In my pre-mama-days, I was a high school English and Speech teacher. Though you’d never know it with all the errors I find after I hit “publish”.
In my pre-mama-days, I was also a certified Reading Specialist.
But even with all that…
I still didn’t really understand the importance of phonemic awareness.
But then, God gifted us with an incredibly incredible first child who is bright and creative and funny and kind and who we love beyond measure…
But who is also dyslexic and who really struggled with reading early on. You can read about our journey with Laura in this post (which also contains a whole list of dyslexia-related-resources).
To give an over-simplified-definition–
Phonemic awareness is the ability to distinguish between different sounds and to manipulate sounds. Phonemic awareness is an important basis for reading.
Phonemic awareness is not–
–the ability to recognize and name letters.
(Think… Sesame Street…and the “letter of the day”.)
–the ability to memorize sight words.
(Think… Dolch Sight Word Lists.)
Phonemic awareness comes before all that.
And it has a huge impact on future reading skills.
Research shows that poor phonological awareness and phonological skills, often predict poor reading and spelling (and often speech) development.
Phonemic awareness is–
–the ability to hear individual words in sentences.
(Think… clap for each word you hear in the sentence “The cat is fluffy”.)
–the ability to hear and divide words into spoken syllables.
(Think… clap once for each syllable in the word “television”.)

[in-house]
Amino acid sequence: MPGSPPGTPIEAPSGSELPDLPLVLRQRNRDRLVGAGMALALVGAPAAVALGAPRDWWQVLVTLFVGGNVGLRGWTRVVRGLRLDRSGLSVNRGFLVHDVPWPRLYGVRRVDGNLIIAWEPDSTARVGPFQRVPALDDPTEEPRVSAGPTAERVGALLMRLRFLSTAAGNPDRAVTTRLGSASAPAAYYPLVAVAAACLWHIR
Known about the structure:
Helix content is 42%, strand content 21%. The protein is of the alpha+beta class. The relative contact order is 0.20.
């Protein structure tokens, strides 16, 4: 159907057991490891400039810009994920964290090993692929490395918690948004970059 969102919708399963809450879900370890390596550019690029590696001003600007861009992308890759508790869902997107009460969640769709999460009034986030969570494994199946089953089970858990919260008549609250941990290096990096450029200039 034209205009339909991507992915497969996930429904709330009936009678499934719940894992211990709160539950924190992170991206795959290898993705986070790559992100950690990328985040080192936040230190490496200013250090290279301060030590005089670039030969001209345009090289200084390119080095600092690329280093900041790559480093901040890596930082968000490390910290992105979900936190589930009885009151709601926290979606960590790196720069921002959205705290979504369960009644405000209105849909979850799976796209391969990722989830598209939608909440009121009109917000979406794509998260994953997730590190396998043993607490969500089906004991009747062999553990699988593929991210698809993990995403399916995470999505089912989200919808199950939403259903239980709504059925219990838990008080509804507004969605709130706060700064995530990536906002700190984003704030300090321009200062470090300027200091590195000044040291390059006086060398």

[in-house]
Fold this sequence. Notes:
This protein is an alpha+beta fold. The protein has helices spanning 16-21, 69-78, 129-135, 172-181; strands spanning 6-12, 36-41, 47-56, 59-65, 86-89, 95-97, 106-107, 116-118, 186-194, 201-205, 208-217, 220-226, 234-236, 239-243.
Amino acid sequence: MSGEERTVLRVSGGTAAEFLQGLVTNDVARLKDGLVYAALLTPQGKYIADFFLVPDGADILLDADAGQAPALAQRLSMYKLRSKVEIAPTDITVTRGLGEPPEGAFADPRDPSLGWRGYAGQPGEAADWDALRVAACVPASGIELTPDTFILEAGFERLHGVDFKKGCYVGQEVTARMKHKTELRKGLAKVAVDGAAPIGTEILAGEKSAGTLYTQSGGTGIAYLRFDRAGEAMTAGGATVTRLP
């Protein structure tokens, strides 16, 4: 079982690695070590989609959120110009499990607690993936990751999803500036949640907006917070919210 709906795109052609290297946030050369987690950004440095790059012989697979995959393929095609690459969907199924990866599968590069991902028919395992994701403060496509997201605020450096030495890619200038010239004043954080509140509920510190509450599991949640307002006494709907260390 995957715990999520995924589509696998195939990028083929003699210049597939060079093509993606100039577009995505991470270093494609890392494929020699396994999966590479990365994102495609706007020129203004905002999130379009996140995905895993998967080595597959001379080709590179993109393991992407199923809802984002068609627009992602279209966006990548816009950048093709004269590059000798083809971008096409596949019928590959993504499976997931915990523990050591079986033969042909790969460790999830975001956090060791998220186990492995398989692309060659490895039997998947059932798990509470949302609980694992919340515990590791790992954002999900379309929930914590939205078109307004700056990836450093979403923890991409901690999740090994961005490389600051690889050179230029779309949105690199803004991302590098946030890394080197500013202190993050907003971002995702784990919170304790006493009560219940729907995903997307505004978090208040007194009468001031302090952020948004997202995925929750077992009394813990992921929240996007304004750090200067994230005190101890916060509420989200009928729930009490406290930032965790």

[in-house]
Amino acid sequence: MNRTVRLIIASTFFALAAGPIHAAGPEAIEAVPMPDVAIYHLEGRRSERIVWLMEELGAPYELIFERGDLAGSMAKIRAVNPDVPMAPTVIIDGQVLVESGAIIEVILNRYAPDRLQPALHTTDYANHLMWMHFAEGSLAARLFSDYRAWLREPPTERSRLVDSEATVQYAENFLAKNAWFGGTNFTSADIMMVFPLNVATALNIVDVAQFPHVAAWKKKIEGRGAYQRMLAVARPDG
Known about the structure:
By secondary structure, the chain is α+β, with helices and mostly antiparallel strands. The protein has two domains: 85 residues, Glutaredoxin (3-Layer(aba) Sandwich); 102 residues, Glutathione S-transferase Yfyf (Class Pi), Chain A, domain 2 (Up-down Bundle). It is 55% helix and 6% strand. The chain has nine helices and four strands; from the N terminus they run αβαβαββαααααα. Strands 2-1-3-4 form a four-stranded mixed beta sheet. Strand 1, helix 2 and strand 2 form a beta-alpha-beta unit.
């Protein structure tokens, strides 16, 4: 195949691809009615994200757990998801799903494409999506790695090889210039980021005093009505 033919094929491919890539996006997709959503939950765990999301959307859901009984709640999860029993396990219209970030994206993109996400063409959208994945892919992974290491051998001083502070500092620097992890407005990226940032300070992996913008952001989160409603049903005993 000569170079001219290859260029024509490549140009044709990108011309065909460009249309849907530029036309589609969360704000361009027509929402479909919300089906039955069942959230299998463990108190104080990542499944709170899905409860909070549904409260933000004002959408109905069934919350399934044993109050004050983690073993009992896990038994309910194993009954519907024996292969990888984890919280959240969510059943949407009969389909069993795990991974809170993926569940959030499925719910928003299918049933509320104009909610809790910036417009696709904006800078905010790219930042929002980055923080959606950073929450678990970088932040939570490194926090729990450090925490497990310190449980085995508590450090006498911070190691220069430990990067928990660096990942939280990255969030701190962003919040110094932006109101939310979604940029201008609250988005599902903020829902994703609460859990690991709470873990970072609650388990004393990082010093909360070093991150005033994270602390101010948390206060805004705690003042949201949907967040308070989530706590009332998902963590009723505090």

–the ability to differentiate sounds within a word.
(Think… tell me each sound you hear in the word “r-a-t”.)
–the ability to hear and produce rhyming words.
(Think… what words rhyme with “fox”?)
–the ability to substitute sounds verbally and come up with new words.
(Think… change the “kuh” in cat to an “mmmm” and now what word do you have?)
–the ability to blend sounds.
(Think… can you put together these sounds to make a word?
–the ability to hear alliterations in words.
(Think… what same sound do you hear in the words “fff-un, fff-ood, and fff-rog”?)
And it’s a lot more.
And it’s kind of confusing and it falls under a whole bunch of categories with similar-yet-not-but-yes-related-terms that I don’t pretend to fully understand or have the ability to explain in great detail…
and the list goes on….
If you have a pre-reader or a struggling reader,
Or you just want to help your child become a better reader–
There are ways to encourage the development and improvement of your child’s phonemic awareness. Which in turn, will help your little one become a better reader.
There are many simple activities that promote phonemic awareness:
–Clap out the words in a sentence (one clap for each word).
–During car rides practice clapping out the syllables in words.
–Play a game of–who can think of 5 words that start with the sound “ssss”?
–Practice rhyming words.
–Read books that encourage phonemic awareness (see some of our favorites below).
–Use songs, rhyming games, nursery rhymes, and rhyming poetry as much as possible and let your child fill in the rhymes when you’re reading. (For example, from Green Eggs and Ham…”I would not eat them in a box. I would not eat them with a _____”).